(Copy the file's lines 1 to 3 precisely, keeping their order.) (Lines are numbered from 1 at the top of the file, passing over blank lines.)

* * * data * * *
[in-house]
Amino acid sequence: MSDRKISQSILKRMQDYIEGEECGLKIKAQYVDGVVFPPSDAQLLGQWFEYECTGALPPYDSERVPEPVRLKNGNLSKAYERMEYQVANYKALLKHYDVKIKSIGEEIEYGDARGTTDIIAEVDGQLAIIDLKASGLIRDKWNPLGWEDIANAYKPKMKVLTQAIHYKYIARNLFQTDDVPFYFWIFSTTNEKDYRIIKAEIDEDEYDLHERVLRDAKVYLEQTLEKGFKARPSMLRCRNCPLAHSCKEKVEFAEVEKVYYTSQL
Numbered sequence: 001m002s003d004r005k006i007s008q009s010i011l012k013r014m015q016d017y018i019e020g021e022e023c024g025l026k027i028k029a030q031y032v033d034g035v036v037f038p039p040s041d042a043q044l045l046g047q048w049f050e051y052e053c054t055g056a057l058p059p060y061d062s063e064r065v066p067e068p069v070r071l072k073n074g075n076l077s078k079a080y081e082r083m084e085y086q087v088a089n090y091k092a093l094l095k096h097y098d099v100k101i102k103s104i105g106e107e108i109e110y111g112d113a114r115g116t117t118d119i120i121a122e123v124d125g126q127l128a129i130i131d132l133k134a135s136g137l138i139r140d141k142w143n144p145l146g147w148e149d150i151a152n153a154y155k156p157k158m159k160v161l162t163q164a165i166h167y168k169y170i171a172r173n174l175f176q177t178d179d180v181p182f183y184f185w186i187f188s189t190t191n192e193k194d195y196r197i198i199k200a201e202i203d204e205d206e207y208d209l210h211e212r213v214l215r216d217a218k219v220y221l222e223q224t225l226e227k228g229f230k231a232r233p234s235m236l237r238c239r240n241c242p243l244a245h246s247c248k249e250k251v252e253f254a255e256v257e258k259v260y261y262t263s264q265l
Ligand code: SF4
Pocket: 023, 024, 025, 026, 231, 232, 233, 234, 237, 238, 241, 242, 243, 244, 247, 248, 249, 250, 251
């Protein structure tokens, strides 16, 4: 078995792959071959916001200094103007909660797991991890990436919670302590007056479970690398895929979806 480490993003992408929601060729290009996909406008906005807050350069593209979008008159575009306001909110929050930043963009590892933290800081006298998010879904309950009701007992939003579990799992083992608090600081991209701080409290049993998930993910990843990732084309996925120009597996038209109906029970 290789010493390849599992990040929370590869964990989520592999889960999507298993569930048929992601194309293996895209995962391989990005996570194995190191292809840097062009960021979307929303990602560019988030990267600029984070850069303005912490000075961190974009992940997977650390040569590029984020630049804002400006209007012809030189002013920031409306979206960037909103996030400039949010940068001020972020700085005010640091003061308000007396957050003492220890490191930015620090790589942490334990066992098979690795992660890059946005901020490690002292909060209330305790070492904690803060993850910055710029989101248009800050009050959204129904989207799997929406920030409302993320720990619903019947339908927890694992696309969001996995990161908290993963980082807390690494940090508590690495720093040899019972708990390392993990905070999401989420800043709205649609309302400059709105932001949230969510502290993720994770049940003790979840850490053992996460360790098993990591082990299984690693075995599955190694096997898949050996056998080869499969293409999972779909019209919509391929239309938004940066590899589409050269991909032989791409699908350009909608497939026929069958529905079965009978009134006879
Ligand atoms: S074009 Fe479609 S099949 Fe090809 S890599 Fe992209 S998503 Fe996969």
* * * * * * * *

[in-house]
Amino acid sequence: MSDRKISQSILKRMQDYIEGEECGLKIKAQYVDGVVFPPSDAQLLGQWFEYECTGALPPYDSERVPEPVRLKNGNLSKAYERMEYQVANYKALLKHYDVKIKSIGEEIEYGDARGTTDIIAEVDGQLAIIDLKASGLIRDKWNPLGWEDIANAYKPKMKVLTQAIHYKYIARNLFQTDDVPFYFWIFSTTNEKDYRIIKAEIDEDEYDLHERVLRDAKVYLEQTLEKGFKARPSMLRCRNCPLAHSCKEKVEFAEVEKVYYTSQL
Numbered sequence: 001m002s003d004r005k006i007s008q009s010i011l012k013r014m015q016d017y018i019e020g021e022e023c024g025l026k027i028k029a030q031y032v033d034g035v036v037f038p039p040s041d042a043q044l045l046g047q048w049f050e051y052e053c054t055g056a057l058p059p060y061d062s063e064r065v066p067e068p069v070r071l072k073n074g075n076l077s078k079a080y081e082r083m084e085y086q087v088a089n090y091k092a093l094l095k096h097y098d099v100k101i102k103s104i105g106e107e108i109e110y111g112d113a114r115g116t117t118d119i120i121a122e123v124d125g126q127l128a129i130i131d132l133k134a135s136g137l138i139r140d141k142w143n144p145l146g147w148e149d150i151a152n153a154y155k156p157k158m159k160v161l162t163q164a165i166h167y168k169y170i171a172r173n174l175f176q177t178d179d180v181p182f183y184f185w186i187f188s189t190t191n192e193k194d195y196r197i198i199k200a201e202i203d204e205d206e207y208d209l210h211e212r213v214l215r216d217a218k219v220y221l222e223q224t225l226e227k228g229f230k231a232r233p234s235m236l237r238c239r240n241c242p243l244a245h246s247c248k249e250k251v252e253f254a255e256v257e258k259v260y261y262t263s264q265l